Reformed inmates are deserving of a second chance.
Public Relations Officer at H.M.P Dodds, Ryan Phillips, expressed this view recently as he pointed out that the Barbados Prison Service was working feverishly with its rehabilitation, re-integration and resettlement programme to ensure recently released inmates were able to function and survive, once they had completed their sentence and returned to society.
Speaking ahead of the Prison’s week of activities, scheduled to run from October 14 to 21, under the theme Second Chance, the official acknowledged that it was imperative that prison officers engaged in community activities, so that the public would be aware of the types of programmes undertaken by the prison.
"We have adopted the St. Philip Primary School, also church support groups and inmate support groups.?? We are even going as far as interacting with parents who have formed support groupings of their own; and all of these things help us to get the word across that we understand their plight; we understand what they are going through and we have a part to play in bringing about change," he said.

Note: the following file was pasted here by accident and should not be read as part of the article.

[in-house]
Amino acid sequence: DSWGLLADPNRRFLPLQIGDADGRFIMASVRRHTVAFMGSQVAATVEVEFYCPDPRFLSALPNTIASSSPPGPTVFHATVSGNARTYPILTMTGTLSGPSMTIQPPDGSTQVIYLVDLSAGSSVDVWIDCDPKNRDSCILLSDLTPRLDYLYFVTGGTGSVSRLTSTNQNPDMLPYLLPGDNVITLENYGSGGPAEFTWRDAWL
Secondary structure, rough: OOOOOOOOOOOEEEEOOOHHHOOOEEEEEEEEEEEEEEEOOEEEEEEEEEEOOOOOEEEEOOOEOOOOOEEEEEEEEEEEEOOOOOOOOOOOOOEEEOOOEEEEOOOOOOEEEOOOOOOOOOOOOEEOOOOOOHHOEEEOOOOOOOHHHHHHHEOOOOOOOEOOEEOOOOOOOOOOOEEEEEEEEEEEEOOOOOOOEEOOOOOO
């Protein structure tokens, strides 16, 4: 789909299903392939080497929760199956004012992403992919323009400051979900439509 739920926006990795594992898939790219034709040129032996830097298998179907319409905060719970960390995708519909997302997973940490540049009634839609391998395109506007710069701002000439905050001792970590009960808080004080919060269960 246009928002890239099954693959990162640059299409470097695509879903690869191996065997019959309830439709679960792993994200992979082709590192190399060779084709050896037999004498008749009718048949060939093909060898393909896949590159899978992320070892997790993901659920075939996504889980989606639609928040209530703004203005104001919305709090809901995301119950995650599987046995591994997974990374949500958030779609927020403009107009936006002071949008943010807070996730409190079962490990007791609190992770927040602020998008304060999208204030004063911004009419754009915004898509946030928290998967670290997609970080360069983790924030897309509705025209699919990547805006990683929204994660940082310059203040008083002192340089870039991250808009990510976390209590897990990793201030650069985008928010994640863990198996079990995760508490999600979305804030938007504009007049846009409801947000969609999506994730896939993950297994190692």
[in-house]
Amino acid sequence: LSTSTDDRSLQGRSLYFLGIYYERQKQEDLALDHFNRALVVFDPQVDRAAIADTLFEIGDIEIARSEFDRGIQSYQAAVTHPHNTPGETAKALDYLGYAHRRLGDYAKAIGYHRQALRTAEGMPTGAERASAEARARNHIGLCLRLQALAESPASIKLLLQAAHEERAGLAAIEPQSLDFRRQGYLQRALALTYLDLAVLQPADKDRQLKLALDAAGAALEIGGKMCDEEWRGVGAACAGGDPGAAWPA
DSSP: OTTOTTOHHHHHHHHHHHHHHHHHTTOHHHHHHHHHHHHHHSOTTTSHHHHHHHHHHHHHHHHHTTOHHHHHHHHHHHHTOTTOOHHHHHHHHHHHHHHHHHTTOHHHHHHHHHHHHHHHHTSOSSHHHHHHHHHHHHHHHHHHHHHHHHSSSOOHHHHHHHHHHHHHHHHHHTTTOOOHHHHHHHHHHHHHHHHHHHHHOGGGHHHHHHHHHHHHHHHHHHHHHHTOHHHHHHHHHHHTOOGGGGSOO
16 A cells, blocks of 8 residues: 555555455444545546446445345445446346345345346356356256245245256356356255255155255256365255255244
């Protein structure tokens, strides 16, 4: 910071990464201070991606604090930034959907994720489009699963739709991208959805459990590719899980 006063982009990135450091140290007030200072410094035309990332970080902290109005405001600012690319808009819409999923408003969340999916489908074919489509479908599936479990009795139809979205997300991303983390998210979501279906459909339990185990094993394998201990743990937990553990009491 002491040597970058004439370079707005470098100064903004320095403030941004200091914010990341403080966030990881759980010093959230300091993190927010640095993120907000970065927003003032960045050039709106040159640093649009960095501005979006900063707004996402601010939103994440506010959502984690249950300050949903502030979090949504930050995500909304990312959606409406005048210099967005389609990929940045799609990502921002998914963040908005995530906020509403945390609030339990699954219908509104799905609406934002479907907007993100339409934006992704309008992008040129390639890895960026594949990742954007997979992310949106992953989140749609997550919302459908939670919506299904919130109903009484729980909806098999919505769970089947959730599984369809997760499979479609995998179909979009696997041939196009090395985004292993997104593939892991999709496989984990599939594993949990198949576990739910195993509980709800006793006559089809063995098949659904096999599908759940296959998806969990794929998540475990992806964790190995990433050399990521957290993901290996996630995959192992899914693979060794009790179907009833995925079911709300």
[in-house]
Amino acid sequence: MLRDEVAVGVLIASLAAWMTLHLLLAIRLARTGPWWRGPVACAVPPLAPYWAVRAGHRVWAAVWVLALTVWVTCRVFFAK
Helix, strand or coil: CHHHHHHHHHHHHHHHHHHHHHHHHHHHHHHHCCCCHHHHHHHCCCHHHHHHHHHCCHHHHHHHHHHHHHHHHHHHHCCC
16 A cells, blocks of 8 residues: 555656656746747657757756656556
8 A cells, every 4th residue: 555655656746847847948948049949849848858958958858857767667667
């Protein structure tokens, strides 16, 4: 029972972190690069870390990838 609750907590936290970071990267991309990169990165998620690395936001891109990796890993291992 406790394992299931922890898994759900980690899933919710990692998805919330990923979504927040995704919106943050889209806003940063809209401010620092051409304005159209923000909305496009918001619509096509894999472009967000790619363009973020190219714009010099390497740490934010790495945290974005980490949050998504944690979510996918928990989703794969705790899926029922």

To aid in the rehabilitation process, Mr. Philips noted that at Dodds there is a rehabilitation floor, as well as a Sentence Manager’s programme.
"What happens at this level is that inmates are classified, assessed and referrals are made.?? Referrals are made for anger management and coping skills classes.???? If an inmate has a psychiatric disorder, we make referrals for that, as well as HIV and drug treatment.?? We also have an educational component," the officer explained.
However, the PR Officer admitted that not all prisoners could be rehabilitated as it was an individual decision to want to work through the programme and seek self-improvement.
"They [the prisoners] have to understand where they are at and the changes they need to implement within their lives.?? So, that is why I will say all prisoners cannot be rehabilitated.???? Nevertheless, society also has a pivotal role to play, as well as support agencies, and if they do not have that mechanism in place then our programmes cannot be a success and change will not occur," the officer reasoned.